The body is all we have. And at some point, we were all Frankenstein’s Creature. At some point, we will BE Frankenstein’s Creature yet again. This, above all, is why Shelley’s legacy endures, and why it’s likely to help create more anthologies like Eternal Frankenstein in the years to come.

Read previous: Kristi DeMeester

Stay tuned for an interview with Ross E. Lockhart, the editor of Eternal Frankenstein!

Eternal Frankenstein read-a-thon #8 | Michael Griffin

In the coming weeks, I will be reviewing the new Word Horde anthology Eternal Frankenstein, edited by Ross E. Lockhart. As was the case with my read-a-thon of Swords v Cthulhu, I will be tackling the anthology story by story, and my reviewing method will be peppered with the cultural associations that each of these stories inspire. These will be presented with no excuse, apology or editorial justification.

eternal-frankenstein

The Human Alchemy by Michael Griffin

We rarely speak of Mary Shelley’s Frankenstein as being about the angst related to artistic creation, and instead grasp at more solid metaphors. Understandably enough, received wisdom has it that this is first and foremost a parable warning against scientific hubris on the thematic level, and emotionally, it resonates with us thanks to the undeniable pathos we feel towards the creature: rejected by a father who only half wanted him, with no reference points in a world that wants nothing to do with him.

So I was glad to see that Michael Griffin’s creepy but complex tale of a successful pair of surgeons — with otherwise also picks up on the ‘standard’ intertextual cues stemming from Shelley’s original text — also pitches its Frankenstenian couple, Reysa and Magnus Berg, as frustrated creatives looking to satisfy their unconventional cravings in a world that has yet to — ethically as well as aesthetically — catch up with their tastes and ambitions.

In the case of Shelley’s novel, Frankenstein’s initial revulsion at the Creature he’s made could find a direct corollary in the way most young writers — or artists of any stripe — would view their juvenilia. “I expected to create something at least as beautiful as the work of the forebears in the field that I admire,” they think to themselves as they grimace at that first draft, or that hesitantly completed painting, “what the fuck is this shit?!”. And in it goes into the proverbial fire.

Pedro Almodovar's own take on Frankenstenian surgeons: The Skin I Live In (2011)

Pedro Almodovar’s own take on Frankenstenian surgeons: The Skin I Live In (2011)

But Reysa and Magnus are not young: Aurye is, and though their wine-soaked gathering at the rich couple’s mountaintop castle may suggest all the trappings of a cliche seduction into a three-way, this mundane idea is dispensed with fairly quickly. In fact, the couple reject all mundane ideas suggested or imposed by society, a dogma whose limits are tested by this increasingly disconcerting, but equally sensitive and intelligent, contribution to the anthology.

And the way Griffin manages to walk this tightrope is, in fact, by couching the couple’s past history and future dreams in the most precise, and even reasonable, discourse. As one example, let’s get back to the artistic creativity metaphor. Midway through the story, the couple start explaining — always to Aurye, as their increasingly eager acolyte — the challenges posed by their unconventional lifestyle.

In the meantime, the story’s unsettling vortex intensifies, and Griffin actually piles all of the cosmetic details you’d expect from a Frankenstein story

Without spoiling anything, the way Reysa describes it sounds exactly like the kind of set-up a freelancing couple of any profession would face; with partners alternately sacrificing time and comfort while the other aims for their dream job, or at least helping to create a mutually beneficial situation for both based on their relevant skills.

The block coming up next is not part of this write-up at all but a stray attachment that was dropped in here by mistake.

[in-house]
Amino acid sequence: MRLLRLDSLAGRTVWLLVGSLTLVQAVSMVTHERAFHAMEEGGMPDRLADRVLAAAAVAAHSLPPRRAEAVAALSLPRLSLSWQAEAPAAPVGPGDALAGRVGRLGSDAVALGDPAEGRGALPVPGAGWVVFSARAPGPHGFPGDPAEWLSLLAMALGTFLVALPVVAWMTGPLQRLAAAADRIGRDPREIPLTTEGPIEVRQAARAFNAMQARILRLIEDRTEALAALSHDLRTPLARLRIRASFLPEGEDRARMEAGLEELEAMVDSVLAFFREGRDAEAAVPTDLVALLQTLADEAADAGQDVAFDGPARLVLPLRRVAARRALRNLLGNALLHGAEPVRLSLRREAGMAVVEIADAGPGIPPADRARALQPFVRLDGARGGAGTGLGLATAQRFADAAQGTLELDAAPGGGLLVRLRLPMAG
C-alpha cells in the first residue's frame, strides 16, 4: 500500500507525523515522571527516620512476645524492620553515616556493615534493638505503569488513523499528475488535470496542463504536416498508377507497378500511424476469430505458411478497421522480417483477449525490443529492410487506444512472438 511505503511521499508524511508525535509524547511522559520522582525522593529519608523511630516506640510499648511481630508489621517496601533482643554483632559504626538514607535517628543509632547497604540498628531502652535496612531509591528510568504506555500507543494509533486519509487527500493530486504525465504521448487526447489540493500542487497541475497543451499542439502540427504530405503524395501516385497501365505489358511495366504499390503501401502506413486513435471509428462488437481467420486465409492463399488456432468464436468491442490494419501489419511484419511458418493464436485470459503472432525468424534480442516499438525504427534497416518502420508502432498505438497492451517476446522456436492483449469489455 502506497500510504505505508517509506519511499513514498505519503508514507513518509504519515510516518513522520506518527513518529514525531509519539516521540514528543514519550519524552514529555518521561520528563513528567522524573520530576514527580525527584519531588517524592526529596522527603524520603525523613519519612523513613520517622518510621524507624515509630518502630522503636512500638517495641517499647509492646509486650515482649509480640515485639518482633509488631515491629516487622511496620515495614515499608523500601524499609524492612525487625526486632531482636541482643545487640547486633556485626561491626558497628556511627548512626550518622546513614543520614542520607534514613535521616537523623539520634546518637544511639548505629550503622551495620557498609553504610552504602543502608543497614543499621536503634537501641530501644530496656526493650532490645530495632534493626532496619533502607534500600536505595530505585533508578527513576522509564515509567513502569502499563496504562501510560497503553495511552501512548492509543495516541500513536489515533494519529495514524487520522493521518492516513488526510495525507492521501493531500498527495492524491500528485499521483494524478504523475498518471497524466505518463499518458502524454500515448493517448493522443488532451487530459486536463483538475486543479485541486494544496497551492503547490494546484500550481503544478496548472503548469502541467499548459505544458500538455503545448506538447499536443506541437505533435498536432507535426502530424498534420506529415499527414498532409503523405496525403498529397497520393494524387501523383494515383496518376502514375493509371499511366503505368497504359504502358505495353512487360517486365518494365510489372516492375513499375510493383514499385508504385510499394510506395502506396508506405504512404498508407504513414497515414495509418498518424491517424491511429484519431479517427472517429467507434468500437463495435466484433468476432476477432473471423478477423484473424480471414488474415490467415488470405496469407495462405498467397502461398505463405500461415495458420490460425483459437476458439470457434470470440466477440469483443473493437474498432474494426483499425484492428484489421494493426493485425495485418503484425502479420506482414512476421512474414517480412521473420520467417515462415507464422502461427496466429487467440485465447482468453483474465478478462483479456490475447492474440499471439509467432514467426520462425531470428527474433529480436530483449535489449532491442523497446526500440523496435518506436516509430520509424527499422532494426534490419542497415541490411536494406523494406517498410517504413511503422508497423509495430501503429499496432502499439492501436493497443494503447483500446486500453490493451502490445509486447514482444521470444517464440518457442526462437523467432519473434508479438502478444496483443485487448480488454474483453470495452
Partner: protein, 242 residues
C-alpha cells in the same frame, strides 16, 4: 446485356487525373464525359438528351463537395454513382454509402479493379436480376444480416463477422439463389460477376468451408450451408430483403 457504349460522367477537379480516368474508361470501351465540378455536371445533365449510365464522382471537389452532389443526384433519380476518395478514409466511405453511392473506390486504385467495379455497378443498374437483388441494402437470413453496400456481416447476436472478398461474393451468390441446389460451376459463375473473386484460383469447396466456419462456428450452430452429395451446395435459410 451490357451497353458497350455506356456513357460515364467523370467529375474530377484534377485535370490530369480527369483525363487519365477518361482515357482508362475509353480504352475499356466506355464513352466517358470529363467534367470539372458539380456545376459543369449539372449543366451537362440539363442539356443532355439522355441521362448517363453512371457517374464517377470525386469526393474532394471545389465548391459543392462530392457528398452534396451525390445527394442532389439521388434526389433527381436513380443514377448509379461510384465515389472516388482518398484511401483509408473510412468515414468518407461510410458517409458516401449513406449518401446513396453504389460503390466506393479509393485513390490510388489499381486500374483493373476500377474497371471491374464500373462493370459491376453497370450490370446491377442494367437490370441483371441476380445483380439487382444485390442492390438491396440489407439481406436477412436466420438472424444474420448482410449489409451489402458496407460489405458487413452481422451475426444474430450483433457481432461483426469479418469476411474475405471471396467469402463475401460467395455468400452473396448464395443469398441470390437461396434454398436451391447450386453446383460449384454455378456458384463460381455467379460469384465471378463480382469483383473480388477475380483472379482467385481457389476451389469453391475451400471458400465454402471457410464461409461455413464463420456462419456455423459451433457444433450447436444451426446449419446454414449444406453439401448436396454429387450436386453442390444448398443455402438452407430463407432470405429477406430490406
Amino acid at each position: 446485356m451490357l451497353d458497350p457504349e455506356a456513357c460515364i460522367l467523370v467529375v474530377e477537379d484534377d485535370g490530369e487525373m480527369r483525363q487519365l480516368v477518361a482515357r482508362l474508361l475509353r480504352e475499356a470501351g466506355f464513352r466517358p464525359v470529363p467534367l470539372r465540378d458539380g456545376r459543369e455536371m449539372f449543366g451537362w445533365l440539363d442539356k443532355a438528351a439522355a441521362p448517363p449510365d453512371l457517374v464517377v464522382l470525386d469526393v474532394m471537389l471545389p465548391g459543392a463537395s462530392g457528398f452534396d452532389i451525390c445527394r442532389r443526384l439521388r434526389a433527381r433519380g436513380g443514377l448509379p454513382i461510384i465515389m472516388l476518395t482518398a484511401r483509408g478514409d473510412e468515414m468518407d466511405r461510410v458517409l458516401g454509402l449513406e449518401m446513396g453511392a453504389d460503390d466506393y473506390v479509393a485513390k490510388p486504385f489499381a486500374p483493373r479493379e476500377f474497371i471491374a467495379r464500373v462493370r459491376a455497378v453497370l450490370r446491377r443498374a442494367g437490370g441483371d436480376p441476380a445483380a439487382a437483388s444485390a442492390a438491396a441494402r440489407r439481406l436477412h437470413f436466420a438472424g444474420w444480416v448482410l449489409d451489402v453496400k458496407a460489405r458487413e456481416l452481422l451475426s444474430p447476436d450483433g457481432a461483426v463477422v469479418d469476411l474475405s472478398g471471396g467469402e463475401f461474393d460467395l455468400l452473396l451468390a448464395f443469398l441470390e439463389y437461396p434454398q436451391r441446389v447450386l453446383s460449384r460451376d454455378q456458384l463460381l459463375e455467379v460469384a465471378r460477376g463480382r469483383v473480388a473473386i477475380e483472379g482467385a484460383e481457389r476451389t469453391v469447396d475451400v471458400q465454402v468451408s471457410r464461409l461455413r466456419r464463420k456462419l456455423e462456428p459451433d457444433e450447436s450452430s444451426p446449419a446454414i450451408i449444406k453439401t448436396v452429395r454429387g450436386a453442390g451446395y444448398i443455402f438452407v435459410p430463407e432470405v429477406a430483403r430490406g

In the meantime, the story’s unsettling vortex intensifies, and Griffin actually piles all of the cosmetic details you’d expect from a Frankenstein story: the Gothic castle, the operating table, the thunder… and a monster. But on their own, these details are now blunt: Frankenstein’s Creature is indeed eternal, yes, but the moralistic discourse about scientific ambition needs fine-tuning and updating if it is to sustain its chilling menace into the modern day.

And this is precisely what Griffin does with his two surgeons. But arguably, he completes this effect with the help of the young Aurye most of all, whose role in the drama flouts expectations in more ways than one.

An urbane and superbly structured little chiller that is intellectually engaging more than it is viscerally scary, but that is all the more rewarding for it.

Read previous: Edward Morris

 

Eternal Frankenstein read-a-thon #7 | Edward Morris

In the coming weeks, I will be reviewing the new Word Horde anthology Eternal Frankenstein, edited by Ross E. Lockhart. As was the case with my read-a-thon of Swords v Cthulhu, I will be tackling the anthology story by story, and my reviewing method will be peppered with the cultural associations that each of these stories inspire. These will be presented with no excuse, apology or editorial justification.

eternal-frankenstein

Frankenstein Triptych by Edward Morris

One of the great things about intertexuality is that it is the literary-cultural equivalent of friends bonding over shared memories; only instead of real-world happenings you’re bonding over books, music, visual art or films.

Of course, an anthology like Eternal Frankenstein practically runs on this impulse: intertextuality is its engine, and in this case it’s a particularly well-oiled one because the authors comprising it have — as far as I can tell this deep into the read-a-thon — taken on the challenge posed by Lockhart’s anthology with a canny understanding that simple pastiche (perhaps one of the ‘lower’ forms of intertextuality in practice) will not be tolerated.